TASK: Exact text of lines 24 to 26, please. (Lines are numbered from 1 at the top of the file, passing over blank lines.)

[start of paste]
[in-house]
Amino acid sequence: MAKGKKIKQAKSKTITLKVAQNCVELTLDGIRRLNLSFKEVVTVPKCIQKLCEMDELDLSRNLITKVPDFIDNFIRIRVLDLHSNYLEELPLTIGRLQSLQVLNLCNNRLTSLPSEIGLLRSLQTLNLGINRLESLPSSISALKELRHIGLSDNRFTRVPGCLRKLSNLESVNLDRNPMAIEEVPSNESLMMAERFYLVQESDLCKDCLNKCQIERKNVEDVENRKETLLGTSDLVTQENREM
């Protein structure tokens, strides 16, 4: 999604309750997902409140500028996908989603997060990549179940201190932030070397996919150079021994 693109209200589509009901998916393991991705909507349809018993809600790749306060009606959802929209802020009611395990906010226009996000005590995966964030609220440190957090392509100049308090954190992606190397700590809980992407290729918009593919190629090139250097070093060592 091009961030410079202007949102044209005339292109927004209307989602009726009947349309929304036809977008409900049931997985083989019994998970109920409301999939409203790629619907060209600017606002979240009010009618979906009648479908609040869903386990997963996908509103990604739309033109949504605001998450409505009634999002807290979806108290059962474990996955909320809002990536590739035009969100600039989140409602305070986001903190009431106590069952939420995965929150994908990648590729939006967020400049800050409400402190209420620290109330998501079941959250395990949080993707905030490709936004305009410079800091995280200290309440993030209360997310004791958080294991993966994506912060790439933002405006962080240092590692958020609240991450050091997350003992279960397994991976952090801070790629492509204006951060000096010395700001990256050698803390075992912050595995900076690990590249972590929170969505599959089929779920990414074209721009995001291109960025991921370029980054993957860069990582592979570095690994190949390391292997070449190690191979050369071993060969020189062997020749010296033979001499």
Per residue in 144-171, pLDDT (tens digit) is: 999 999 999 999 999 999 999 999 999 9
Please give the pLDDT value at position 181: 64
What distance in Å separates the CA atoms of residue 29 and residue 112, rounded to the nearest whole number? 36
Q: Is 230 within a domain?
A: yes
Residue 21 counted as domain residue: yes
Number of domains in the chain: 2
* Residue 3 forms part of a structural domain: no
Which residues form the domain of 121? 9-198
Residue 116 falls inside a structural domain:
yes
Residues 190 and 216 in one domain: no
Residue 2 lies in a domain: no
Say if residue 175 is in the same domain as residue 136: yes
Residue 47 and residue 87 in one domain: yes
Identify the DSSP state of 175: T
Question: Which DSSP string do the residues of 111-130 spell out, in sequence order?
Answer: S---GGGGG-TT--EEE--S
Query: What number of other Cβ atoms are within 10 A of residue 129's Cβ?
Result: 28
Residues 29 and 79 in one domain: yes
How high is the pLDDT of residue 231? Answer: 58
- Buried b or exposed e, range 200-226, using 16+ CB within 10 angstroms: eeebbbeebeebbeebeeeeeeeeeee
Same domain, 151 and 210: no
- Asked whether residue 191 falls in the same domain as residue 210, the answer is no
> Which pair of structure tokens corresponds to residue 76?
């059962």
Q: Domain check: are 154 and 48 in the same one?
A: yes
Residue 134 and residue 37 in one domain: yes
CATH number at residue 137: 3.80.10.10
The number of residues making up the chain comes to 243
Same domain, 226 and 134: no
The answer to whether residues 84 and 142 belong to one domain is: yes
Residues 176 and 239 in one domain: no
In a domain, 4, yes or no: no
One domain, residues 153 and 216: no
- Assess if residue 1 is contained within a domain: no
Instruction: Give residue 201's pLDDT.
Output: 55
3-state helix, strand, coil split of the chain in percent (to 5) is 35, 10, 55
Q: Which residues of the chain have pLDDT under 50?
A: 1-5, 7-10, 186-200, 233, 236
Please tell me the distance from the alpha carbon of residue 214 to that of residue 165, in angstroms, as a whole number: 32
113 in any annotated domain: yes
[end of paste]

Residues 29 and 79 in one domain: yes
How high is the pLDDT of residue 231? Answer: 58
- Buried b or exposed e, range 200-226, using 16+ CB within 10 angstroms: eeebbbeebeebbeebeeeeeeeeeee